Separating out one noise from another, Gabrielle concentrated on her breathing and let herself sink into a meditative state. She listened. Focused. A high-pitched squeaking and munching to her left told her there was a nice, fat rabbit munching on foliage a few paces away. Dismissing his noises and focusing on others, Gabrielle listened for the distinctive low hoot of her prey.

It took a while for the covey of quail to move into the thicket. They didn't disappoint. Eventually, Gabrielle heard their small feet on the loamy forest floor as they approached the thicket. She narrowed her focus and determined there were probably a good half dozen of them. They were also perfectly suited to her needs. Each one was plump and would be tender when she roasted them on a spit over the fire. She could feel her mouth watering in anticipation.

Two of the birds tripped snares at once. And another followed almost immediately after that. Their cries of alarm echoed in the surrounding forest. When a fourth tripped yet another snare and cried out, Gabrielle was on the move. She made quick work of wringing their necks so they didn't suffer and then tied their feet so they were dangling from her belt. She was just reaching for the fourth bird when she felt a prickle of alarm race up her back.

And that's when she heard another sound and she froze. A snort and rustling signaled the arrival of another predator in the area. The distinctive snuffling sent an icy chill down her spine.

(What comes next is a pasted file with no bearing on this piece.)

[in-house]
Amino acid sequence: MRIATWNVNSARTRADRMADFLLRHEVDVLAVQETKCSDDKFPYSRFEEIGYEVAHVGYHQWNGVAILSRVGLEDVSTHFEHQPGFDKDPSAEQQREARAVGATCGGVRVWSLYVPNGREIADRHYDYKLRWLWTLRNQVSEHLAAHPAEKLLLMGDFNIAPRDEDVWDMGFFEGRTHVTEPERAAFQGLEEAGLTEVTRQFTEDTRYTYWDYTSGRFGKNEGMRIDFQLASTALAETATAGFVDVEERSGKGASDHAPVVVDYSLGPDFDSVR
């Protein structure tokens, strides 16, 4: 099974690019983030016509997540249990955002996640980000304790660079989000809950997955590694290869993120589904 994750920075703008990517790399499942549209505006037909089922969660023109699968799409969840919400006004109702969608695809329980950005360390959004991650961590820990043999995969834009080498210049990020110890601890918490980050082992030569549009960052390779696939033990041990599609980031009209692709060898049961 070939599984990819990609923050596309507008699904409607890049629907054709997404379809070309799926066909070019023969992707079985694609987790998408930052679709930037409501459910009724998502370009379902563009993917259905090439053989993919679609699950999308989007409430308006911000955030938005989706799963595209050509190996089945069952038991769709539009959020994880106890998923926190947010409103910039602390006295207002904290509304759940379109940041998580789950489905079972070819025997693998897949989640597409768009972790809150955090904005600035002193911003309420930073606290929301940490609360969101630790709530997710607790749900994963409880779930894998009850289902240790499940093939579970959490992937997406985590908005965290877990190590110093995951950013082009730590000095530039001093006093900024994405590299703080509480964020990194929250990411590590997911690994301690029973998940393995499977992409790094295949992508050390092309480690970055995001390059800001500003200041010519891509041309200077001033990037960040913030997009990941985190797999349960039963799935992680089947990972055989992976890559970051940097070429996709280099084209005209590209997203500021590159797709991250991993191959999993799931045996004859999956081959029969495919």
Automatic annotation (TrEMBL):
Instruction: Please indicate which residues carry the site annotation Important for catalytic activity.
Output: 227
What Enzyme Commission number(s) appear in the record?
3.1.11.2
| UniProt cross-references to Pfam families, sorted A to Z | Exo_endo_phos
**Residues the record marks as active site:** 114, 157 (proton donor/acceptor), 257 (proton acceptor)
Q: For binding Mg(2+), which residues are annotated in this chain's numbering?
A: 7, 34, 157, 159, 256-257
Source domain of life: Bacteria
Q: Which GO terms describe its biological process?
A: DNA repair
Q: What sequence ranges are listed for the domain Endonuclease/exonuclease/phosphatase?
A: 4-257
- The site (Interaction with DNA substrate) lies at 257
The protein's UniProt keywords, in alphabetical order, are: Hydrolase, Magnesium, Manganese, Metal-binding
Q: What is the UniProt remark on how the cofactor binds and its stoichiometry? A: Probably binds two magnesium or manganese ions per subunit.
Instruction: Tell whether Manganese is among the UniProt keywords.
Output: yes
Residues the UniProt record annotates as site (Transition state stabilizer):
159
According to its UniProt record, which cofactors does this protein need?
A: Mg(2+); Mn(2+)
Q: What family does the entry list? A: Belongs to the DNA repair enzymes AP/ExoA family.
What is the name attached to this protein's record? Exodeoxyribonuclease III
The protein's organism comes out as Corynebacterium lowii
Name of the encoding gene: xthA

Gabrielle slowly and carefully turned around to see the wild boar standing several paces away from her. She silently berated herself for being so focused on her prey that she hadn't heard the boar's approach. The ugly beast stared right back at her with beady dark eyes. She didn't move. She barely breathed. The boar snorted once and then shoved its nose into a pile of leaves. Gabrielle remained perfectly still. She hoped he didn't notice her.

He raised his snout and snorted again. She knew she was in grave danger. Wild boars were notoriously confrontational and didn't back down from a fight. The one she was staring at had razor-sharp tusks the size of daggers protruding from either side of his mouth. And this particular boar was a full-grown adult with several nasty battle scars on his thick hide. He was obviously a fighter.

She moved ever so slowly, carefully cutting the snare and tying the last quail to her belt. She then slowly bent to retrieve her sais from her boots while keeping a watchful eye on the boar. The soft shing of metal on leather instantly caught the boar's attention. He snuffled the air and blew out several noisy snorts of warning. He then looked right at her again and pawed the ground.